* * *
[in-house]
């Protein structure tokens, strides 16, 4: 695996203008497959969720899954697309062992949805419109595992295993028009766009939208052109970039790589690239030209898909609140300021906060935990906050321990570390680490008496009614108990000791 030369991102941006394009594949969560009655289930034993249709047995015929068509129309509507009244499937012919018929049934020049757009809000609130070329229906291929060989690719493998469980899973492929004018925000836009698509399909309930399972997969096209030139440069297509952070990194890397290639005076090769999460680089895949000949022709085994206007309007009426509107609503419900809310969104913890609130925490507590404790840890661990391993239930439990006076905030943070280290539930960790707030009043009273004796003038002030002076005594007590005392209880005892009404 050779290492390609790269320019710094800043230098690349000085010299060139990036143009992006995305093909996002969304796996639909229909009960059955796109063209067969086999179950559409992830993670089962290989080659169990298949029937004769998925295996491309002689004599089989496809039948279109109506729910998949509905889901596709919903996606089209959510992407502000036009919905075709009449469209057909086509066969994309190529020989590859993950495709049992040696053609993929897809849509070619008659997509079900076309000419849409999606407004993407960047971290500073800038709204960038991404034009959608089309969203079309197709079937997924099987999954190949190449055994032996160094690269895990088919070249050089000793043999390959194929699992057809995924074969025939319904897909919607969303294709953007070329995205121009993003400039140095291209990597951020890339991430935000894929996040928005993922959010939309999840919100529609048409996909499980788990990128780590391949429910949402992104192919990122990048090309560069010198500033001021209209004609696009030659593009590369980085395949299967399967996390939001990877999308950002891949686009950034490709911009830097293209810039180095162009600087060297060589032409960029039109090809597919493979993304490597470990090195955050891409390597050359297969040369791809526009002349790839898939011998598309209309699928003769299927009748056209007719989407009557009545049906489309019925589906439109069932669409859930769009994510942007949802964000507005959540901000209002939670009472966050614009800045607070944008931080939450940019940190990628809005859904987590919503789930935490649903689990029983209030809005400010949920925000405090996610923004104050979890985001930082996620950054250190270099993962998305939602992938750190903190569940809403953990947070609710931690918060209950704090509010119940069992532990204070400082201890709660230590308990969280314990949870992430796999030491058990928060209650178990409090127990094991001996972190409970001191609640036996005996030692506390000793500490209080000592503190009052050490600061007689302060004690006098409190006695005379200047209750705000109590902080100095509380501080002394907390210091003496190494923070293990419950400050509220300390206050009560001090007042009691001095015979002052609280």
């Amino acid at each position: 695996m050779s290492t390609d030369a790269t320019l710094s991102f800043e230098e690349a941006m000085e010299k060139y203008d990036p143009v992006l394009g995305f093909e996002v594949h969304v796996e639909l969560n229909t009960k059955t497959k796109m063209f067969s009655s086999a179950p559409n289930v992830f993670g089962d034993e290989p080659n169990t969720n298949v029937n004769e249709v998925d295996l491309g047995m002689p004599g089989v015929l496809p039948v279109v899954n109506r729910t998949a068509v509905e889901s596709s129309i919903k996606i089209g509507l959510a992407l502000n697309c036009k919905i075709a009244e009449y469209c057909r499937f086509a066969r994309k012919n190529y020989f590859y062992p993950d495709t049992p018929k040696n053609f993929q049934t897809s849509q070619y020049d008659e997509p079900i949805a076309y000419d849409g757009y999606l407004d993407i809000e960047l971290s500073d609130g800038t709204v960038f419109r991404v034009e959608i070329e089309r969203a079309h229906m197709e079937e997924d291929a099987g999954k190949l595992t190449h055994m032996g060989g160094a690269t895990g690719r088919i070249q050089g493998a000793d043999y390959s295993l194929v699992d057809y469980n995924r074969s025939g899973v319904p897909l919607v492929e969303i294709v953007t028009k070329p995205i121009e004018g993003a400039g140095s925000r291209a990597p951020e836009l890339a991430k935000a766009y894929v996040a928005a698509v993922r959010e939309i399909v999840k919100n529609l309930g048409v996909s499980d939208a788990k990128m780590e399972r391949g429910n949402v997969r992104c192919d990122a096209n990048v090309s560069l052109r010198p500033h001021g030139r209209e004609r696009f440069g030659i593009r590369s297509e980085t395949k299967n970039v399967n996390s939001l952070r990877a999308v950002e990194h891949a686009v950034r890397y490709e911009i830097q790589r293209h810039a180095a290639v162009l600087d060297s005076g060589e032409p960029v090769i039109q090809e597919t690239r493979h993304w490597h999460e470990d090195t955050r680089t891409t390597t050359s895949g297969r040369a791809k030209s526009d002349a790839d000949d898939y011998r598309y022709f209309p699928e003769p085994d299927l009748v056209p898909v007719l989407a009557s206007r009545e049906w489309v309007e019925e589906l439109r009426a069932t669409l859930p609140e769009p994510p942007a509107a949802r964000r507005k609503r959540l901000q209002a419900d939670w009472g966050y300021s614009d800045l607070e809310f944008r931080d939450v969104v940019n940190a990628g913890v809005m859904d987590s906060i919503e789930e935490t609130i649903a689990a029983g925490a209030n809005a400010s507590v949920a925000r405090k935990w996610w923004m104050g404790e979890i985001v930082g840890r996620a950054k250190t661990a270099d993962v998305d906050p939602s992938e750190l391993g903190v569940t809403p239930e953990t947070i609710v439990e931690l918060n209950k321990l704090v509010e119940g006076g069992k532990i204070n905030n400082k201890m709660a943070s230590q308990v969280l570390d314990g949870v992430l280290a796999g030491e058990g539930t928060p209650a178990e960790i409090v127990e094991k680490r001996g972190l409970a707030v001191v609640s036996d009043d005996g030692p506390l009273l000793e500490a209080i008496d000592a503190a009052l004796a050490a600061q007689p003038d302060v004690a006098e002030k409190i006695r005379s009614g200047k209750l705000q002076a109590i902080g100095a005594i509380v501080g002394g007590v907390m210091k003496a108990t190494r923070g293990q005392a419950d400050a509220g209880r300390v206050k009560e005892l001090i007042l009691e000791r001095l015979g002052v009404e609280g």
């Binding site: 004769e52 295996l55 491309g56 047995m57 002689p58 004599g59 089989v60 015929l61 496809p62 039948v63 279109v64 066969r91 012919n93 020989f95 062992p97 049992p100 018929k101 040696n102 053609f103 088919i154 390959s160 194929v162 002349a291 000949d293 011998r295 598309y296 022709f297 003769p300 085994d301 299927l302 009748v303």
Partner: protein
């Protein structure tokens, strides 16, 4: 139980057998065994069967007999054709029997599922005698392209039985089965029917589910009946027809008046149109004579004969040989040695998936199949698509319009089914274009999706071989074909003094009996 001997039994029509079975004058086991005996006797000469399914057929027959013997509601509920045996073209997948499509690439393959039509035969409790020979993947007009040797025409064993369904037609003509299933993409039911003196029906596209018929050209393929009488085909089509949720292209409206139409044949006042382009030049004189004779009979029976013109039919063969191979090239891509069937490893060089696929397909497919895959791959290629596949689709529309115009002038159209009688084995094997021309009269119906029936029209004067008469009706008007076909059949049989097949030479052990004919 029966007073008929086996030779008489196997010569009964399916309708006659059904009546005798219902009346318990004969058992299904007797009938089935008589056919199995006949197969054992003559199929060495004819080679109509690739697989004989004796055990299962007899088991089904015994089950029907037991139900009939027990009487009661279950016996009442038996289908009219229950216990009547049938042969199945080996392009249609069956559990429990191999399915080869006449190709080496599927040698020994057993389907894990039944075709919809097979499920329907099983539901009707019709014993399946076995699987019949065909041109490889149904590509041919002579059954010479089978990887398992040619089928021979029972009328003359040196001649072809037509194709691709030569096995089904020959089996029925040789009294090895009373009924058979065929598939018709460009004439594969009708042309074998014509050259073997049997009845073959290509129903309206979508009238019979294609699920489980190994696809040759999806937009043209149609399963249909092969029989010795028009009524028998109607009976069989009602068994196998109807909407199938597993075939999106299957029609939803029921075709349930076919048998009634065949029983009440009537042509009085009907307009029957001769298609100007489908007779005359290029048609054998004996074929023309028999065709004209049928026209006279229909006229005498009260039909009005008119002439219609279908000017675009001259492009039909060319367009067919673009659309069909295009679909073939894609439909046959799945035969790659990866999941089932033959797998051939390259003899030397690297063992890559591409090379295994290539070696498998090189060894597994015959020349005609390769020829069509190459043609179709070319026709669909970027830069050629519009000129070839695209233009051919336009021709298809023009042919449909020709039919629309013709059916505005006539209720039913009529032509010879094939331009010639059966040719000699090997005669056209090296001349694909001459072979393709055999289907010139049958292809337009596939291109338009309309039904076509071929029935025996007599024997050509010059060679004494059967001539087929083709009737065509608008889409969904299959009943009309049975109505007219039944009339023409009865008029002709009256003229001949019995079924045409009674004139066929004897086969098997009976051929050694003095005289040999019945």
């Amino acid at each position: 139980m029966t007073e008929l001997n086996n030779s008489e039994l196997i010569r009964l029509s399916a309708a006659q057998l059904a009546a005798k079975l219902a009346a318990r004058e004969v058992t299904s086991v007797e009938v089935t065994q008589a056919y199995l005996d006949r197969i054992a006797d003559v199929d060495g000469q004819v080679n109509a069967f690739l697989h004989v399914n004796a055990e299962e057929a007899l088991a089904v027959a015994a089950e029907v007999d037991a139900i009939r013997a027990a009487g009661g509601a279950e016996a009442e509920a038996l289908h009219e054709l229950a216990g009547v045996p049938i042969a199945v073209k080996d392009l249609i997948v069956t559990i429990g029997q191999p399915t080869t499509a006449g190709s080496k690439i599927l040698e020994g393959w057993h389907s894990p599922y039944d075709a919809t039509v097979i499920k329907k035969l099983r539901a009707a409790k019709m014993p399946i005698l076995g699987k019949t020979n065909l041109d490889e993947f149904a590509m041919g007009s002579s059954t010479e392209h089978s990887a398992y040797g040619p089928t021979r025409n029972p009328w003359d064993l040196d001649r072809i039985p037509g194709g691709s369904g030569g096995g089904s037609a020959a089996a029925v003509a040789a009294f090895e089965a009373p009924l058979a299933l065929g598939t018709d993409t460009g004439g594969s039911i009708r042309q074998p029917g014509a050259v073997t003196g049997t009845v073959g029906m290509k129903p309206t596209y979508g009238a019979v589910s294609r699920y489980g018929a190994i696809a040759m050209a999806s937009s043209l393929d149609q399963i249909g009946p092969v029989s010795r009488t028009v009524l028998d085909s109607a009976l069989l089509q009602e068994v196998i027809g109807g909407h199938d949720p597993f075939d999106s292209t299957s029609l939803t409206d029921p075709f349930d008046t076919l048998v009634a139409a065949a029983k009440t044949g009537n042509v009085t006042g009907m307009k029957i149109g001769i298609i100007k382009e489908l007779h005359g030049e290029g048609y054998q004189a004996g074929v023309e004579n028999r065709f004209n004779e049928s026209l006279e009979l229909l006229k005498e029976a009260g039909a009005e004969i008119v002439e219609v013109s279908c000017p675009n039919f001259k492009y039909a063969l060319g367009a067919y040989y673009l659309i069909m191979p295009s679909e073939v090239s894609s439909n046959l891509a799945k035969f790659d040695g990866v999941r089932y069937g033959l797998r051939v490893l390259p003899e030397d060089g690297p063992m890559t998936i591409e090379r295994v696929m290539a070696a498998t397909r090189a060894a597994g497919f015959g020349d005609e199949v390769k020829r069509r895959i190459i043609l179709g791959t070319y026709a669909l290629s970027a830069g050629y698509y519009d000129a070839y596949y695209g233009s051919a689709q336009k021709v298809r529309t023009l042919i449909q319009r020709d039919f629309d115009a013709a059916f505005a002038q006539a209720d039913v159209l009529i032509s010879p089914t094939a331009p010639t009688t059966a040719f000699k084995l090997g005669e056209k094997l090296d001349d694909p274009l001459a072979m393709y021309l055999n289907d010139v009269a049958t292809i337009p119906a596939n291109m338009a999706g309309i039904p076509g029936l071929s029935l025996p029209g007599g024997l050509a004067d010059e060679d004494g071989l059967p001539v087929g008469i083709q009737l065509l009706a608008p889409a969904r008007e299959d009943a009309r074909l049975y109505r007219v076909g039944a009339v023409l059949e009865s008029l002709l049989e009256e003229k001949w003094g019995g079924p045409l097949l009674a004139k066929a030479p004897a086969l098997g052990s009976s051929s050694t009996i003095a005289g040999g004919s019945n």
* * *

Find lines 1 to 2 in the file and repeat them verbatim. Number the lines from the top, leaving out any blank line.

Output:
[in-house]
């Protein structure tokens, strides 16, 4: 695996203008497959969720899954697309062992949805419109595992295993028009766009939208052109970039790589690239030209898909609140300021906060935990906050321990570390680490008496009614108990000791 030369991102941006394009594949969560009655289930034993249709047995015929068509129309509507009244499937012919018929049934020049757009809000609130070329229906291929060989690719493998469980899973492929004018925000836009698509399909309930399972997969096209030139440069297509952070990194890397290639005076090769999460680089895949000949022709085994206007309007009426509107609503419900809310969104913890609130925490507590404790840890661990391993239930439990006076905030943070280290539930960790707030009043009273004796003038002030002076005594007590005392209880005892009404 050779290492390609790269320019710094800043230098690349000085010299060139990036143009992006995305093909996002969304796996639909229909009960059955796109063209067969086999179950559409992830993670089962290989080659169990298949029937004769998925295996491309002689004599089989496809039948279109109506729910998949509905889901596709919903996606089209959510992407502000036009919905075709009449469209057909086509066969994309190529020989590859993950495709049992040696053609993929897809849509070619008659997509079900076309000419849409999606407004993407960047971290500073800038709204960038991404034009959608089309969203079309197709079937997924099987999954190949190449055994032996160094690269895990088919070249050089000793043999390959194929699992057809995924074969025939319904897909919607969303294709953007070329995205121009993003400039140095291209990597951020890339991430935000894929996040928005993922959010939309999840919100529609048409996909499980788990990128780590391949429910949402992104192919990122990048090309560069010198500033001021209209004609696009030659593009590369980085395949299967399967996390939001990877999308950002891949686009950034490709911009830097293209810039180095162009600087060297060589032409960029039109090809597919493979993304490597470990090195955050891409390597050359297969040369791809526009002349790839898939011998598309209309699928003769299927009748056209007719989407009557009545049906489309019925589906439109069932669409859930769009994510942007949802964000507005959540901000209002939670009472966050614009800045607070944008931080939450940019940190990628809005859904987590919503789930935490649903689990029983209030809005400010949920925000405090996610923004104050979890985001930082996620950054250190270099993962998305939602992938750190903190569940809403953990947070609710931690918060209950704090509010119940069992532990204070400082201890709660230590308990969280314990949870992430796999030491058990928060209650178990409090127990094991001996972190409970001191609640036996005996030692506390000793500490209080000592503190009052050490600061007689302060004690006098409190006695005379200047209750705000109590902080100095509380501080002394907390210091003496190494923070293990419950400050509220300390206050009560001090007042009691001095015979002052609280």